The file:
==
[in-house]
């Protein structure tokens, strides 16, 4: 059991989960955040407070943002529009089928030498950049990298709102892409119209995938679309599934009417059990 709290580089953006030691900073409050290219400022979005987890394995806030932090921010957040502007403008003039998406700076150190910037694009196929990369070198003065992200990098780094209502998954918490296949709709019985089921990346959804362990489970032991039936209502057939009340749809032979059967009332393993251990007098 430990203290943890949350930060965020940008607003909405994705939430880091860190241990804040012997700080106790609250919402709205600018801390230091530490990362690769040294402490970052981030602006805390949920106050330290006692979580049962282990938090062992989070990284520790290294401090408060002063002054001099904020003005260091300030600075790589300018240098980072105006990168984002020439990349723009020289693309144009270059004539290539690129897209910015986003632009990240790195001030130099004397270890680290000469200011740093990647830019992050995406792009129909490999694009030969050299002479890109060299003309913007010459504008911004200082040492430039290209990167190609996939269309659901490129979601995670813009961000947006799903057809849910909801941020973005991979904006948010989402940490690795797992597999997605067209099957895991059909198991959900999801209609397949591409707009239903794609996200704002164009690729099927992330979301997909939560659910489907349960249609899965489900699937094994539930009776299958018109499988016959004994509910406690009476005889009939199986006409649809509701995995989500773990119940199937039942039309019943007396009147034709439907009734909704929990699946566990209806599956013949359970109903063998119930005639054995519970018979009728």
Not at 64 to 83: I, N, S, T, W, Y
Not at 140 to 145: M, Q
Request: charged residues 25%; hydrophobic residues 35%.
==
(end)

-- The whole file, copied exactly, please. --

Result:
[in-house]
């Protein structure tokens, strides 16, 4: 059991989960955040407070943002529009089928030498950049990298709102892409119209995938679309599934009417059990 709290580089953006030691900073409050290219400022979005987890394995806030932090921010957040502007403008003039998406700076150190910037694009196929990369070198003065992200990098780094209502998954918490296949709709019985089921990346959804362990489970032991039936209502057939009340749809032979059967009332393993251990007098 430990203290943890949350930060965020940008607003909405994705939430880091860190241990804040012997700080106790609250919402709205600018801390230091530490990362690769040294402490970052981030602006805390949920106050330290006692979580049962282990938090062992989070990284520790290294401090408060002063002054001099904020003005260091300030600075790589300018240098980072105006990168984002020439990349723009020289693309144009270059004539290539690129897209910015986003632009990240790195001030130099004397270890680290000469200011740093990647830019992050995406792009129909490999694009030969050299002479890109060299003309913007010459504008911004200082040492430039290209990167190609996939269309659901490129979601995670813009961000947006799903057809849910909801941020973005991979904006948010989402940490690795797992597999997605067209099957895991059909198991959900999801209609397949591409707009239903794609996200704002164009690729099927992330979301997909939560659910489907349960249609899965489900699937094994539930009776299958018109499988016959004994509910406690009476005889009939199986006409649809509701995995989500773990119940199937039942039309019943007396009147034709439907009734909704929990699946566990209806599956013949359970109903063998119930005639054995519970018979009728």
Not at 64 to 83: I, N, S, T, W, Y
Not at 140 to 145: M, Q
Request: charged residues 25%; hydrophobic residues 35%.